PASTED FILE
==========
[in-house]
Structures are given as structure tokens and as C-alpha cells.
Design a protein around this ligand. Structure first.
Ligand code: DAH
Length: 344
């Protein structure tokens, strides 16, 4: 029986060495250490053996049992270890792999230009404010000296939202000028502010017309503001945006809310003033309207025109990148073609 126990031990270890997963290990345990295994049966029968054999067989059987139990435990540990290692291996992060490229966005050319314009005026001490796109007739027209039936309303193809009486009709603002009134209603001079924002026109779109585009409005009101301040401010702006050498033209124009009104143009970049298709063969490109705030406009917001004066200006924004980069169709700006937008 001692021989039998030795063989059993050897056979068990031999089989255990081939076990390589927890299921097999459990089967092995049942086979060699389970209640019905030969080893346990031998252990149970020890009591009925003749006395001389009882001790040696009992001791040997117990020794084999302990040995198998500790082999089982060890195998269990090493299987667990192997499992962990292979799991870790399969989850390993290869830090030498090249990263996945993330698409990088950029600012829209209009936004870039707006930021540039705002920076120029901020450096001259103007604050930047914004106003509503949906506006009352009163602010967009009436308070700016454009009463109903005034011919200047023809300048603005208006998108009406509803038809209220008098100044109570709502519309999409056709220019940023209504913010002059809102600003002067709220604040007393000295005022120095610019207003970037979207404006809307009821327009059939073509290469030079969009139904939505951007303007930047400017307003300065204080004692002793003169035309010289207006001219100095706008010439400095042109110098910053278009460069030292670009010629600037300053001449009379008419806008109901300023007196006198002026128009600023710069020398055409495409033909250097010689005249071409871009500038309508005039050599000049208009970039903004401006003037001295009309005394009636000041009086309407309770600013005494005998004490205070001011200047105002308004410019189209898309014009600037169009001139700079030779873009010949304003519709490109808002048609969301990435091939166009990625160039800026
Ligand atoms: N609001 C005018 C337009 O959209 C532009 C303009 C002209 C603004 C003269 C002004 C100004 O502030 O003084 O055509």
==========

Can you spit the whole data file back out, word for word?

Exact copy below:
[in-house]
Structures are given as structure tokens and as C-alpha cells.
Design a protein around this ligand. Structure first.
Ligand code: DAH
Length: 344
């Protein structure tokens, strides 16, 4: 029986060495250490053996049992270890792999230009404010000296939202000028502010017309503001945006809310003033309207025109990148073609 126990031990270890997963290990345990295994049966029968054999067989059987139990435990540990290692291996992060490229966005050319314009005026001490796109007739027209039936309303193809009486009709603002009134209603001079924002026109779109585009409005009101301040401010702006050498033209124009009104143009970049298709063969490109705030406009917001004066200006924004980069169709700006937008 001692021989039998030795063989059993050897056979068990031999089989255990081939076990390589927890299921097999459990089967092995049942086979060699389970209640019905030969080893346990031998252990149970020890009591009925003749006395001389009882001790040696009992001791040997117990020794084999302990040995198998500790082999089982060890195998269990090493299987667990192997499992962990292979799991870790399969989850390993290869830090030498090249990263996945993330698409990088950029600012829209209009936004870039707006930021540039705002920076120029901020450096001259103007604050930047914004106003509503949906506006009352009163602010967009009436308070700016454009009463109903005034011919200047023809300048603005208006998108009406509803038809209220008098100044109570709502519309999409056709220019940023209504913010002059809102600003002067709220604040007393000295005022120095610019207003970037979207404006809307009821327009059939073509290469030079969009139904939505951007303007930047400017307003300065204080004692002793003169035309010289207006001219100095706008010439400095042109110098910053278009460069030292670009010629600037300053001449009379008419806008109901300023007196006198002026128009600023710069020398055409495409033909250097010689005249071409871009500038309508005039050599000049208009970039903004401006003037001295009309005394009636000041009086309407309770600013005494005998004490205070001011200047105002308004410019189209898309014009600037169009001139700079030779873009010949304003519709490109808002048609969301990435091939166009990625160039800026
Ligand atoms: N609001 C005018 C337009 O959209 C532009 C303009 C002209 C603004 C003269 C002004 C100004 O502030 O003084 O055509």